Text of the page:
iWorks for iCloud beta is the latest entrance into the online office productivity from Apple. In beta form, it is Apple's interpretation of the word processor, spreadsheet and presentation app. And it is simply amazing in terms of web technologies. I have not been so impressed with web design since the first use of invisible GIFs and sliced tables from 1996 (that is how old I am).
In their first try, Apple pretty much out-classed both Google Docs and Microsoft's Office 365 in the online productivity space. Apple's first try at this is impressive indeed.
If you ever used iWorks (Pages, Numbers, and Keynote) , you will be in for a surprise because the web versions are well built.
Straight up, this is amazing piece of web development - WebApps that don't act like web apps. They act and perform like desktop applications. Drag-n-drop, rotation, with UI that looks like a native desktop application. When you move elements around a page, you experience instantaneous page formatting and styling.
Here is an example. Pages on the Left. Google Docs on the right. Pages is like a layout application with the ability to layer. The User Interface is thoroughly thought out.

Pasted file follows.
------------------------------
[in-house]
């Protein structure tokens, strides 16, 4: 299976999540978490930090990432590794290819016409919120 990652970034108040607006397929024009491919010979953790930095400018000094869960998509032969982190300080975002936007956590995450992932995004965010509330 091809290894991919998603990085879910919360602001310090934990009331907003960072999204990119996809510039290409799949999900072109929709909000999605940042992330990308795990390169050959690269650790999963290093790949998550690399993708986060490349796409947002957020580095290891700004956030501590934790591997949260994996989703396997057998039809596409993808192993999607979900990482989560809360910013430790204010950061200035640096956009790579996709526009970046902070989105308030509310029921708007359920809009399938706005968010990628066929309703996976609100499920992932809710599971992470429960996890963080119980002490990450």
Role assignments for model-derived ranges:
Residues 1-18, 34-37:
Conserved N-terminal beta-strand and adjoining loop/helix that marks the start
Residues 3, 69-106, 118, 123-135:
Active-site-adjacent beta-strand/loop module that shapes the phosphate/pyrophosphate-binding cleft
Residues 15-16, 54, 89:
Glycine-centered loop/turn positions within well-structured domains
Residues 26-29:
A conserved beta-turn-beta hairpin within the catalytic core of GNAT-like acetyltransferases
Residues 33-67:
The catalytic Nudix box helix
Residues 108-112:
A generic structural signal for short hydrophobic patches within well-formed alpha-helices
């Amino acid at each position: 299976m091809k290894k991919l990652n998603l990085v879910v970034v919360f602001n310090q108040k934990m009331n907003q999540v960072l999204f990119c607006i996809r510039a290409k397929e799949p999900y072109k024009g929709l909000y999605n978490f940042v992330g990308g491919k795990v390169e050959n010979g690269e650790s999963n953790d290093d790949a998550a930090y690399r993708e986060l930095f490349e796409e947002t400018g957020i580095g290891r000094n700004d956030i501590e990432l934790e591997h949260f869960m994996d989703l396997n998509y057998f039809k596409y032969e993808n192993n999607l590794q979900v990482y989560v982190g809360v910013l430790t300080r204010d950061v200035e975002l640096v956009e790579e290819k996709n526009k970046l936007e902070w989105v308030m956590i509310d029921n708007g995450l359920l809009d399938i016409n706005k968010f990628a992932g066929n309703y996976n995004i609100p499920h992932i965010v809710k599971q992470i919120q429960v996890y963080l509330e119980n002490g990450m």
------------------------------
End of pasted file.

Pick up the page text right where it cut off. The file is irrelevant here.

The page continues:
On the internet, there is nothing but high praises. Here is a salient quote from electronista claiming it to be the future of web apps.
Here are some more screen shots of iWorks in action. If you have any reservations of this working on anything but Macs or Safari, you will be in for a surprise.If you think that Pages is just another web-based document editor like Google Docs (Drive) or Office 365, think again. Pages for iCloud is a fully-fledged web application that looks and functions just like a native desktop application. The layout and design of the app is slightly different to the look and feel of the iOS and Mac versions, although it is possible that both of those might evolve to look more like what Apple has planned for the web version. While the subscription-based Office 365 has a more 'professional' or 'polished' look and feel than the free Google Docs service (which is expected given that MS charges for it), Pages for iCloud makes both competing services look more like glorified text editors than full blown app.
Below are screenshots from my Samsung Chromebook running Chrome OS running Chrome Browser.
The breadth of image manipulation and layout control is pretty impressive. Even my favorite typefaces are available like Helvetica Neue Ultralight. No more dealing with third-rate font typefaces.
As you can see in this Keynote screenshot, you can adjust opacity of drop shadows ands rotation in a web browser. Web Technology has advanced so much since the HTML days of Mosaic. If there is any application that is better than Microsoft's equivalent, it has to be Keynote. Word and Excel pretty much rules the roost but Keynote is simply, in my opinion, better than Powerpoint. The output of Keynote simply looks more profressional. I am glad to see that there will be a browser based version.